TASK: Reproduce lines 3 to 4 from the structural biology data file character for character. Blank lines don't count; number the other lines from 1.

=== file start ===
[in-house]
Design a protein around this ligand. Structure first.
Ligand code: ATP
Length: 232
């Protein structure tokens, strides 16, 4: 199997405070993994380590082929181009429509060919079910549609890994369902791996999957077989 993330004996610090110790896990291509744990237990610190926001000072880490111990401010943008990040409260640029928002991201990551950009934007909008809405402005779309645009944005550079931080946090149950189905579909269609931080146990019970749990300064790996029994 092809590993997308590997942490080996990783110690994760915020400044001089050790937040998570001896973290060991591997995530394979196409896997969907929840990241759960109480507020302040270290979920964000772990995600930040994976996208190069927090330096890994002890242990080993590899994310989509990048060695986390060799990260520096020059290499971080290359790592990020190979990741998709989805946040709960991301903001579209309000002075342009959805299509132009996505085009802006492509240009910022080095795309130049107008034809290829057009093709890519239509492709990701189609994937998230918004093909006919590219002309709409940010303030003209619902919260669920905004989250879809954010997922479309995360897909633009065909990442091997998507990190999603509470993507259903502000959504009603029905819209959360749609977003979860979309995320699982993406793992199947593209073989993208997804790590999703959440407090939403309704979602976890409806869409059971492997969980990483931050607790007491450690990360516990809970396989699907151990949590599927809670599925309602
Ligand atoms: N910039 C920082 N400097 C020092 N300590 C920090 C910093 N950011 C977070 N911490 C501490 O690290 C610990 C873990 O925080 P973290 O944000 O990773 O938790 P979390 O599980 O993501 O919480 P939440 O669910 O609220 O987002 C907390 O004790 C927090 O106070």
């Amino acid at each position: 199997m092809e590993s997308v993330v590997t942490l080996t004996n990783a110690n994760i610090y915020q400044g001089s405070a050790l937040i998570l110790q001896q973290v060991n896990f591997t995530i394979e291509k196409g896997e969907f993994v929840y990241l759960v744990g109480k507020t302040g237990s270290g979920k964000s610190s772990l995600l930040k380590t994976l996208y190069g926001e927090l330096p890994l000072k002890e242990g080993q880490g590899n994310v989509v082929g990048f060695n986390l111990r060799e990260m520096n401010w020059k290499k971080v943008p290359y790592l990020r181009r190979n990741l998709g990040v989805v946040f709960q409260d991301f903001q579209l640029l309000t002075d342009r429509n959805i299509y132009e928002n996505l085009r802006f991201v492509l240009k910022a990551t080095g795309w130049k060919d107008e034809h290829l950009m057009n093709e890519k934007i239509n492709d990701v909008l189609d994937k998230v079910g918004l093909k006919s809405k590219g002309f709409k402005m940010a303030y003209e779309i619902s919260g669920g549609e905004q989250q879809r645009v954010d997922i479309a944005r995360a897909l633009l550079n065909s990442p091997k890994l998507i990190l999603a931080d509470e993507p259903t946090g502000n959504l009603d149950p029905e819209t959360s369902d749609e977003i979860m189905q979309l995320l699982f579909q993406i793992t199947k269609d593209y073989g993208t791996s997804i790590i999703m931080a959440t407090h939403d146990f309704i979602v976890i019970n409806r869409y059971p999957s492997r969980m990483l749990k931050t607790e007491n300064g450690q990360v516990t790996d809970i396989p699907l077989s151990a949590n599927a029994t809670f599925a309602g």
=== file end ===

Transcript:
Ligand code: ATP
Length: 232